Mark also put out other stand alone titles, such as the 1967 book Circle of Sin or the same year release of I Was a Teeny Bopper for the CIA. The stories would often feature spies and gorgeous women.

The Man From O.R.G.Y. was adapted and made into a feature film that was released in 1970. The movie also went by the title “The Real Gone Girls”. The film was directed by James Hill and is a comedy. It starred Louisa Moritz, Robert Walker Jr., Lynne Carter, Steve Rossi, and Slappy White. The movie was filmed in New York City and Puerto Rico. The movie itself has sex and espionage included in it. It was the feature film debut for Louisa Moritz.

The movie centers around Steve Victor, played by Robert Walker Jr. The man is a scientific investigator and a spy that works for a group called O.R.G.Y. When he gets a mission, he’s off to find out where three prostitutes are that are owed fifteen million from their manager, who is dead. The only thing that he knows about them is that the women each have a distinctive tattoo. Getting in his way are Luigi and Vito, assassins that helped finance a burlesque business.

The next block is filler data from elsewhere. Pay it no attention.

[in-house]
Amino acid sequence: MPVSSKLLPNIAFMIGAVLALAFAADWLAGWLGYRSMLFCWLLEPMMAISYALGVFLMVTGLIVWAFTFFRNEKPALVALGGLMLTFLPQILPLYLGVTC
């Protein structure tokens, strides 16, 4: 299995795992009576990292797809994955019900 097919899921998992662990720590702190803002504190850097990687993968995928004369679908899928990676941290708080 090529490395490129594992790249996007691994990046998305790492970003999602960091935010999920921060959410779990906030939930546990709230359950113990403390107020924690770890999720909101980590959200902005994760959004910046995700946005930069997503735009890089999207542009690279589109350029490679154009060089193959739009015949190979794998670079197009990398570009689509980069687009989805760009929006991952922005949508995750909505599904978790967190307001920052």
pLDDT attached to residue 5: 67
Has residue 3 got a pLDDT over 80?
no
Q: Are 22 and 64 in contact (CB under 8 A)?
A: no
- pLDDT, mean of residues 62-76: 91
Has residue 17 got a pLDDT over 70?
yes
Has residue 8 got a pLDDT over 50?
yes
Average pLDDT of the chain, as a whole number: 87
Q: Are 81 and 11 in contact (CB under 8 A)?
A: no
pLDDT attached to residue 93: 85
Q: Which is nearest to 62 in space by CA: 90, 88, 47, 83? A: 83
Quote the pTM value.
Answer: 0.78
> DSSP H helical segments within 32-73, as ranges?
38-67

Meanwhile, another lady of the night does not want her part of the money because she is married and does not want her rich husband to find out what she’s up to. However, she gives Victor some pointers about how to find the other women. Victor will later find out that they are both dead. Apparently Gina may want that money after all. As Gina turns on Vito and attempts to kill Victor, this is a critical moment that will see one or both of them dead. Overall the movie did not get overtly positive reception or reviews, which had an effect on Ted Mark’s career in screen writing.

Ted was born in the Bronx to parents that were Russian immigrants. They would eventually move to Far Rockaway. His father served in World War I and made tools. His business took a huge hit when the Depression rolled around. Ever since the author was young, he wanted to be a writer. When he had completed a year at college, he chose to go work in the publicity department as an office boy at Warner Brothers.

Ted would then start writing for Scamp, a men’s magazine, in the 1950s. He published his first ever novel in 1964 using the pen name Leslie Behan. It was titled “The Midway at Midnight”. He continued to write, getting on the typewriter for hours at a time on a daily basis. He was a prolific writer and could churn out five books per year, and started to do well.